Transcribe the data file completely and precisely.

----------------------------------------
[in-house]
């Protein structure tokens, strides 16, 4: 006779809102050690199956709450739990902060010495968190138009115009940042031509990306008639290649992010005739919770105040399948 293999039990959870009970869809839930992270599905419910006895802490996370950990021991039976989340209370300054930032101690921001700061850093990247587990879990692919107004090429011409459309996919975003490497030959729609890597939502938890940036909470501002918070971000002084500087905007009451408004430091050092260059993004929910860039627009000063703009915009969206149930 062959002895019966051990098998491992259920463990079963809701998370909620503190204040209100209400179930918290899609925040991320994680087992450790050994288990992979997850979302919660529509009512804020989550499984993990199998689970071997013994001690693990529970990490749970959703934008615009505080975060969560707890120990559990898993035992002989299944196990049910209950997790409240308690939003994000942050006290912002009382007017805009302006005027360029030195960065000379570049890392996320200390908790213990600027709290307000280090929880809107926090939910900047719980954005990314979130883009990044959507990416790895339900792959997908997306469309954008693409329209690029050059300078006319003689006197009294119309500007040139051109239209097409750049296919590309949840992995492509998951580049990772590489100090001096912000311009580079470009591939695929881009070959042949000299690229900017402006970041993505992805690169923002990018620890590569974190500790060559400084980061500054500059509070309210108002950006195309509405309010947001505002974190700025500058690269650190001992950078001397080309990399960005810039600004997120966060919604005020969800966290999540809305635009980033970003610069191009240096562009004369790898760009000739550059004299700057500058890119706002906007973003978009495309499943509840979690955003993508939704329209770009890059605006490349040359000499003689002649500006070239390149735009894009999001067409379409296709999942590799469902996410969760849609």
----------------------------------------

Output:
[in-house]
């Protein structure tokens, strides 16, 4: 006779809102050690199956709450739990902060010495968190138009115009940042031509990306008639290649992010005739919770105040399948 293999039990959870009970869809839930992270599905419910006895802490996370950990021991039976989340209370300054930032101690921001700061850093990247587990879990692919107004090429011409459309996919975003490497030959729609890597939502938890940036909470501002918070971000002084500087905007009451408004430091050092260059993004929910860039627009000063703009915009969206149930 062959002895019966051990098998491992259920463990079963809701998370909620503190204040209100209400179930918290899609925040991320994680087992450790050994288990992979997850979302919660529509009512804020989550499984993990199998689970071997013994001690693990529970990490749970959703934008615009505080975060969560707890120990559990898993035992002989299944196990049910209950997790409240308690939003994000942050006290912002009382007017805009302006005027360029030195960065000379570049890392996320200390908790213990600027709290307000280090929880809107926090939910900047719980954005990314979130883009990044959507990416790895339900792959997908997306469309954008693409329209690029050059300078006319003689006197009294119309500007040139051109239209097409750049296919590309949840992995492509998951580049990772590489100090001096912000311009580079470009591939695929881009070959042949000299690229900017402006970041993505992805690169923002990018620890590569974190500790060559400084980061500054500059509070309210108002950006195309509405309010947001505002974190700025500058690269650190001992950078001397080309990399960005810039600004997120966060919604005020969800966290999540809305635009980033970003610069191009240096562009004369790898760009000739550059004299700057500058890119706002906007973003978009495309499943509840979690955003993508939704329209770009890059605006490349040359000499003689002649500006070239390149735009894009999001067409379409296709999942590799469902996410969760849609």